Working for the future

While you are all busy putting flowers on the graves of the men (mostly) who died in this country’s wars, I’m pushing forward with improving the SRGuide information gathering process (meaning most of it can be done by others using the web -or is totally automated!)

Now that the web server is on its own stable platform and my old Windows XP is no longer my test platform of choice, I’ve been working to replace my old Visual Basic tools with php (the languages are not that different in the big universe of languages)

Here is what I’ve accomplished this morning:

wloh1

The station involved is not significant, although it is typical and shows a few of the challenges.

What the process does is it tries to load the “Home Page” of the radio station, as known by the database. It then scans all of the links on the home page looking for the player. If it finds none (which is the case here), then it looks for a link on the page which might contain the player links – http://www.wloh.net/listenliveonlinehere.html in this example -loads that page, and then scans it for possible players.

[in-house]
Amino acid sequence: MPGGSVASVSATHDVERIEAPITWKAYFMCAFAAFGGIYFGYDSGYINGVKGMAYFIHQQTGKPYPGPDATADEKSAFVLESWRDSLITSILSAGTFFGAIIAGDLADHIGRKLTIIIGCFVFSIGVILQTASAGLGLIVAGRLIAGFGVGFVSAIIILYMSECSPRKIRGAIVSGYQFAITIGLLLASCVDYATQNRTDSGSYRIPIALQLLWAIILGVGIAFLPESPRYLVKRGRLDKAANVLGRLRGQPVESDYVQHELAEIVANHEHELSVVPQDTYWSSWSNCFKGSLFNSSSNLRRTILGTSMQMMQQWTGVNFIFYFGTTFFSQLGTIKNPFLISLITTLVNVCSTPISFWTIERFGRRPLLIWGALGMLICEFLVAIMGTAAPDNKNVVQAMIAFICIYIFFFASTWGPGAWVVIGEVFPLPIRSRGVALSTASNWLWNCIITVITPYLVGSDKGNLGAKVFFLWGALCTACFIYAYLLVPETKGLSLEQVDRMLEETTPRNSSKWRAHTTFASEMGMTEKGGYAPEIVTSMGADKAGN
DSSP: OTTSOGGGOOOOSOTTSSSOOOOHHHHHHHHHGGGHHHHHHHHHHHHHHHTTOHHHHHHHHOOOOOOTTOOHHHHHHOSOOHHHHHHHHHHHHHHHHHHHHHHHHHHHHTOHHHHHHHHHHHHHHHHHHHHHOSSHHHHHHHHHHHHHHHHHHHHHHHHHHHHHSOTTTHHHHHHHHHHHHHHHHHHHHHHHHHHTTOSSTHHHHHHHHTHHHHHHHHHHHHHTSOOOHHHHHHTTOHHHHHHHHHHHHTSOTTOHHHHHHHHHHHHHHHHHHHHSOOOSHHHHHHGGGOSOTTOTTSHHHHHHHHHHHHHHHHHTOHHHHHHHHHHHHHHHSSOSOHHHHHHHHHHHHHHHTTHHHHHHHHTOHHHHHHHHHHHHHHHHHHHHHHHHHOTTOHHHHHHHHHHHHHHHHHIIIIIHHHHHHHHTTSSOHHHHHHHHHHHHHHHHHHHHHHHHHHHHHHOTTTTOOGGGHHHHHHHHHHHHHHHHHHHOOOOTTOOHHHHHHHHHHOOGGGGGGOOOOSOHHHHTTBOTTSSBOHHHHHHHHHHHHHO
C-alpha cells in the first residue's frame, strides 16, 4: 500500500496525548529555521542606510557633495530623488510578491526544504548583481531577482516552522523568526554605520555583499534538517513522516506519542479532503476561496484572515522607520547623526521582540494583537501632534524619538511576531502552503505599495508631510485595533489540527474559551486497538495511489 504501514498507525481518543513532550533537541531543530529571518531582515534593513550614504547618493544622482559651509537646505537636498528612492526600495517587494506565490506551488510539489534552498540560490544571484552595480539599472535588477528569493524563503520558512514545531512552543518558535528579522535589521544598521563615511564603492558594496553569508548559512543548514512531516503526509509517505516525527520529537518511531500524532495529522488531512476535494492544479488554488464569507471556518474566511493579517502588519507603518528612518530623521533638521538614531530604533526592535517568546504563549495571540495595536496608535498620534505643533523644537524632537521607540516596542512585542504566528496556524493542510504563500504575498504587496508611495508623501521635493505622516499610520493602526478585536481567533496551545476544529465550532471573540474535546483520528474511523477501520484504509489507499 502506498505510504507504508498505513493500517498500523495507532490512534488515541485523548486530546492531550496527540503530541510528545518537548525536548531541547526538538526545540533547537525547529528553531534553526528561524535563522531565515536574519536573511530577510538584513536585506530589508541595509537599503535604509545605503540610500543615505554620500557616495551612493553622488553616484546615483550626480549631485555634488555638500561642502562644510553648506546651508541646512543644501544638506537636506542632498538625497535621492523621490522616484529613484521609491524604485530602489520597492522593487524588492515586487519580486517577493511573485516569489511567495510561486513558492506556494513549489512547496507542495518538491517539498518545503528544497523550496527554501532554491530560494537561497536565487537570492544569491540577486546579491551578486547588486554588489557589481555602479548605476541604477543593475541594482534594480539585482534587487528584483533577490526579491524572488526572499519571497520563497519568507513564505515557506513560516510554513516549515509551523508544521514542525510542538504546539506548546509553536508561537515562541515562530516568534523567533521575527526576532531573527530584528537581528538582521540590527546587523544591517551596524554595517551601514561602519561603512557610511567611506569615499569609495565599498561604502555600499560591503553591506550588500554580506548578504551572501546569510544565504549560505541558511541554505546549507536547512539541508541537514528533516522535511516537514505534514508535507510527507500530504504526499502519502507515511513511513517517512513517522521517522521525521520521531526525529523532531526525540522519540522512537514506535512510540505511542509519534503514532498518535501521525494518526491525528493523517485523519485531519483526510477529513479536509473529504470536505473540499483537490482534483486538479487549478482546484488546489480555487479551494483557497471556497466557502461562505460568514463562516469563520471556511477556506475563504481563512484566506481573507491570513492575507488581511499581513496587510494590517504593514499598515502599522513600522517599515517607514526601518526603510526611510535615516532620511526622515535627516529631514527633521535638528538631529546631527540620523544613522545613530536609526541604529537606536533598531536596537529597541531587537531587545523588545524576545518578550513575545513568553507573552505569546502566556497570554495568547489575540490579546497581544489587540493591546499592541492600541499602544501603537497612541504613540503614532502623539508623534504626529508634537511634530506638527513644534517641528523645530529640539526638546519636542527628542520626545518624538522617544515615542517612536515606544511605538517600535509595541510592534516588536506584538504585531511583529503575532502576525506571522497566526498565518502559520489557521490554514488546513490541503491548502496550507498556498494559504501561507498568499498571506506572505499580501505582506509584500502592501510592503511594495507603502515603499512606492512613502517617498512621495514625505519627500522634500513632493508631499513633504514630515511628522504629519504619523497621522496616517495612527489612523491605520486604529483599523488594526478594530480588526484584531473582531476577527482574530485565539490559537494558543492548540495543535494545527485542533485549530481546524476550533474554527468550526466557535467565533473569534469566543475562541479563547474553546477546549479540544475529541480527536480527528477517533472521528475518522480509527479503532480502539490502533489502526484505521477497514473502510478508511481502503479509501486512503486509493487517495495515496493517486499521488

wloh2

The existing SRGuide Database only has the notion of 2 possible players (plus ooTunes for iDevices). The primary is the “best” link (typically an m3u link, or if none is available, a Windows Media Player link), and then an optional MP3/secondary link if there are both an MP3 link and a Windows Media Player Link (or other). [For the pedantic among you, it is no longer technically an MP3 link – it is an MP3 style playlist that almost always launches an AAC or AAC+ stream, which doesn’t have the patent issues of “true” MP3 streams)

This process found that the two streaming links are still valid (yay!) and that there are also two Shoutcast Playist links (.pls) [which don’t work in Microsoft Windows Explorer], a QuickTime player link [ack!] and a direct link (twice) to Tunein.